Chicken Kiev is at once a decadent and relatively simplistic dish -- especially if you put it together the night before. Many supermarkets and other food purveyors today sell pre-made chicken Kiev that comes pre-assembled and ready to cook. The dish consists of breaded, deboned chicken breast stuffed with herb-seasoned butter and is typically cooked using moderate-heat pan frying. While cooking, it is important to handle the delicate breading carefully and refrain puncturing the chicken -- you want the delicious crust and buttery stuffing in your mouth, not left in your frying pan.
Ensure that the pre-made chicken Kiev has been in the refrigerator for at least 2 hours before cooking. Refrigerating will help solidify the butter in the center and reduce the chance of, or the amount of, flavorful butter leaking out during cooking.
Pour 1/2 inch of cooking oil into a large, straight-sided frying pan or skillet. Set the heat to medium-low.
Heat the oil to about 325 degrees Fahrenheit when tested with a deep-fry thermometer. Check frequently and adjust the heat as necessary to maintain that temperature during cooking.
Carefully add the pre-made chicken Kiev to the pan using tongs. The best way to add chicken to a hot oiled pan is to hold the thicker end of the chicken with tongs and insert the chicken slowly, starting with the thinner end first. This will reduce the chances of splattering or splashing hot oil.
Cook the chicken for 10 to 13 minutes, flip it over and continue to cook for an additional 10 to 13 minutes until it reaches an internal temperature of 160 F. To check the internal temperature of the chicken Kiev, insert the meat thermometer into the chicken only; do not pierce through into the buttery center -- you want to check the temperature of the meat, not the temperature of the hot butter in the middle.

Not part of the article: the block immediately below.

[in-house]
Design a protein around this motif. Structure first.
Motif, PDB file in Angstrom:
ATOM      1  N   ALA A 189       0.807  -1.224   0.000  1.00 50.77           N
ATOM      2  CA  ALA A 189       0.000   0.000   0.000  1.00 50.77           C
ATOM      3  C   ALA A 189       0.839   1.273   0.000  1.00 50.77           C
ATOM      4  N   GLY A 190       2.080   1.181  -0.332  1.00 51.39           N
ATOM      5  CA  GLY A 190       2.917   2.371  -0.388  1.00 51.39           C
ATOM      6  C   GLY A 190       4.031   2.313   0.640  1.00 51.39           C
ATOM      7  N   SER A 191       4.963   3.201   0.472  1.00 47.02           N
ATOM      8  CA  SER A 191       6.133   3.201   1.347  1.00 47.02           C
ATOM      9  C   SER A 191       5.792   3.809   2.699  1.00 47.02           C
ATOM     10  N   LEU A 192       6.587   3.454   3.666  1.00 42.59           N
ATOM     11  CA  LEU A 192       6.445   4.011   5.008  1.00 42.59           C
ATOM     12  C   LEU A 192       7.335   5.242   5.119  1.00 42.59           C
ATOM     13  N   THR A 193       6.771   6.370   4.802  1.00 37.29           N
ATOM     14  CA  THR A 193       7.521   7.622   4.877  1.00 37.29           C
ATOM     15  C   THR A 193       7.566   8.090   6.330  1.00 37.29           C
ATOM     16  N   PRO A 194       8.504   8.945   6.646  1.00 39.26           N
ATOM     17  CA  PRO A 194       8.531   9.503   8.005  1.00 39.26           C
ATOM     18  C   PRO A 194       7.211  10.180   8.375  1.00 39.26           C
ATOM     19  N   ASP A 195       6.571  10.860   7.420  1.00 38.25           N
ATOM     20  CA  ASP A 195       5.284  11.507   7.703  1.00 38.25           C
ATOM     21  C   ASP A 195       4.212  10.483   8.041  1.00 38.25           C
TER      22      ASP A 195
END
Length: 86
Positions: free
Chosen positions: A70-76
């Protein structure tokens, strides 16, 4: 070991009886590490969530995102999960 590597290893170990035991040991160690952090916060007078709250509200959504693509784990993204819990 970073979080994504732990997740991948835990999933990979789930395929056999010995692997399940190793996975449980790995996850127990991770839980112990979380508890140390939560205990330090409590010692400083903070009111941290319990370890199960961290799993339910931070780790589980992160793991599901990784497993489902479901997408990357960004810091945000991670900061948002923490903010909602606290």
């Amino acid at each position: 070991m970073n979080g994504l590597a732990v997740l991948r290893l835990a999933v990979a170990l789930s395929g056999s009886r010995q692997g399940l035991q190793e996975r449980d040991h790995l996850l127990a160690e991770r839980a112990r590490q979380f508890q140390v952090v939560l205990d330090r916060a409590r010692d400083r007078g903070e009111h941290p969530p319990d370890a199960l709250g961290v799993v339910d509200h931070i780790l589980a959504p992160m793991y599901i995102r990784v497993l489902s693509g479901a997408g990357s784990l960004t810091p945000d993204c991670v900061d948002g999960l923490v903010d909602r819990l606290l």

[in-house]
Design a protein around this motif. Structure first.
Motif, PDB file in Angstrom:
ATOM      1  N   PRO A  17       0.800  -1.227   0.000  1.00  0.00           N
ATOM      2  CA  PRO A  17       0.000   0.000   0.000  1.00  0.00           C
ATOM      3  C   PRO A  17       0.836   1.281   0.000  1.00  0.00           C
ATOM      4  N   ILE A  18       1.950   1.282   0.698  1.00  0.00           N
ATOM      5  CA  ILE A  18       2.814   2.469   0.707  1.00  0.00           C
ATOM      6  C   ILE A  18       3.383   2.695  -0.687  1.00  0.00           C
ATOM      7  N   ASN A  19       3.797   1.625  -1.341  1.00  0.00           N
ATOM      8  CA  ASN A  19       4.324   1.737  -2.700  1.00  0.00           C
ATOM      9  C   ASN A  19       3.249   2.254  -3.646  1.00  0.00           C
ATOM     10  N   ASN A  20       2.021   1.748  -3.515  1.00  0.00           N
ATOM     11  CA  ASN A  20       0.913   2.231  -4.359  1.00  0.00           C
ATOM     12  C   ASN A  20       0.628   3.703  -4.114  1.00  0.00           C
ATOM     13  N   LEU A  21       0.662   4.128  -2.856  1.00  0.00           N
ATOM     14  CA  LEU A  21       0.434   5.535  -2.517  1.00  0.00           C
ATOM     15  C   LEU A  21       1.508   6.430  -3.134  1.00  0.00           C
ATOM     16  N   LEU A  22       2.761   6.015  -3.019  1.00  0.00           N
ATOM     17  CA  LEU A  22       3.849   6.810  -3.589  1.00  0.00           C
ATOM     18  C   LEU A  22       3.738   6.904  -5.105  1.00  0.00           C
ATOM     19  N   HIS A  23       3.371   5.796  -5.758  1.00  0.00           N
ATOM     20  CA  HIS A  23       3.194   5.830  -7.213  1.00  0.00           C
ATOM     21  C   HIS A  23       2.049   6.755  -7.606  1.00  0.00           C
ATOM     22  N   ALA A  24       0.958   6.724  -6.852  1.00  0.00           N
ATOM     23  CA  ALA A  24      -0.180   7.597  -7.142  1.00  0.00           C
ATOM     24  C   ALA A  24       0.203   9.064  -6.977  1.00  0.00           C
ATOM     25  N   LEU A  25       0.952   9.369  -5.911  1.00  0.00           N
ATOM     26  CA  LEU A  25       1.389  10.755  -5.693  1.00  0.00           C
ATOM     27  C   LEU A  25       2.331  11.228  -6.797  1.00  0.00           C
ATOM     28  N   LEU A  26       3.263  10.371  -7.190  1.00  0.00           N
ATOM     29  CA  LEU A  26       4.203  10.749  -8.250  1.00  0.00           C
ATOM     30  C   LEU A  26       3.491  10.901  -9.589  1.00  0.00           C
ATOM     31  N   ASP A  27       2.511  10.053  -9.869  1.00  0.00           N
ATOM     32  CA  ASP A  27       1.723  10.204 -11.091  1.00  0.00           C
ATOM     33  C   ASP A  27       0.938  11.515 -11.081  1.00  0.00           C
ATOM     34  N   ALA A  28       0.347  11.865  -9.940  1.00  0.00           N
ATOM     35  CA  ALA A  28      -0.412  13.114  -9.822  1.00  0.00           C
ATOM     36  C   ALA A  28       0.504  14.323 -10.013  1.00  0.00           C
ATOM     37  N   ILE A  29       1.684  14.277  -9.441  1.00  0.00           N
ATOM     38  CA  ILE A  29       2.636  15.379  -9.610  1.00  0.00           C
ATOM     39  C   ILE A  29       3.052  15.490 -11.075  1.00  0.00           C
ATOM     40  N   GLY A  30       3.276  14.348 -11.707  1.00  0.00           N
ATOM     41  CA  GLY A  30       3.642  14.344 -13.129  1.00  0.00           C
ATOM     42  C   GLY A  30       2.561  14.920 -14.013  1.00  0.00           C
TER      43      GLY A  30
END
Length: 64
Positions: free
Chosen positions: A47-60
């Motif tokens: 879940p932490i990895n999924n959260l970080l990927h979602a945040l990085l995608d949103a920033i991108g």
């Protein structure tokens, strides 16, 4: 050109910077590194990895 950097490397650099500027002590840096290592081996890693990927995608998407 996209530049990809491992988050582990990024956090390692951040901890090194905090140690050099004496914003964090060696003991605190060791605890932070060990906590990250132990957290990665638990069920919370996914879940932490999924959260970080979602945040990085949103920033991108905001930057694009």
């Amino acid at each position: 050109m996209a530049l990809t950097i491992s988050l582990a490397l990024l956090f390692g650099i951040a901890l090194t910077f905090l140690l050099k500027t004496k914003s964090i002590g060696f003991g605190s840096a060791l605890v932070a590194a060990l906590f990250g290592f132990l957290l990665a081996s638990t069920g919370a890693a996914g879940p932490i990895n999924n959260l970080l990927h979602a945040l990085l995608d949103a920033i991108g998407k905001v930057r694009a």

Remove the chicken from the pan onto a wire rack set over a sheet pan, or a platter lined with paper towels, and serve after 5 minutes.
Things You'll Need
Neutral-tasting frying oil such as canola or vegetable oil
Straight-sided frying pan or skillet
Wire rack and baking sheet (preferred) or paper towel-lined platter
Piercing all the way through the chicken -- with tools such as meat thermometers and forks -- can cause the butter and seasonings to leak from the chicken. Always use tongs to flip the chicken and be careful when inserting a meat thermometer into the chicken.
To minimize the risk of rupturing the chicken or inadvertently removing the breading, flip the chicken only once if possible.
Paper towels have the occasional tendency to adhere to breading and possibly tear it from the meat, so a wire rack is strongly preferred.
Pre-made chicken Kiev can also be cooked in your oven, however the exterior of the chicken will not be as crisp as the pan-fried version.To bake chicken Kiev in the oven, preheat to 350 F and bake the chicken Kiev on a wire rack set inside a baking sheet for 40 to 45 minutes until the chicken reaches 160 F. Remove the chicken from the oven and allow to rest for 5 minutes before serving.
The USDA recommends a safe internal cooking temperature for chicken of 160 F. However, longer cooking times and higher heat will increase the chance of the chicken Kiev rupturing. The choice is ultimately up to you.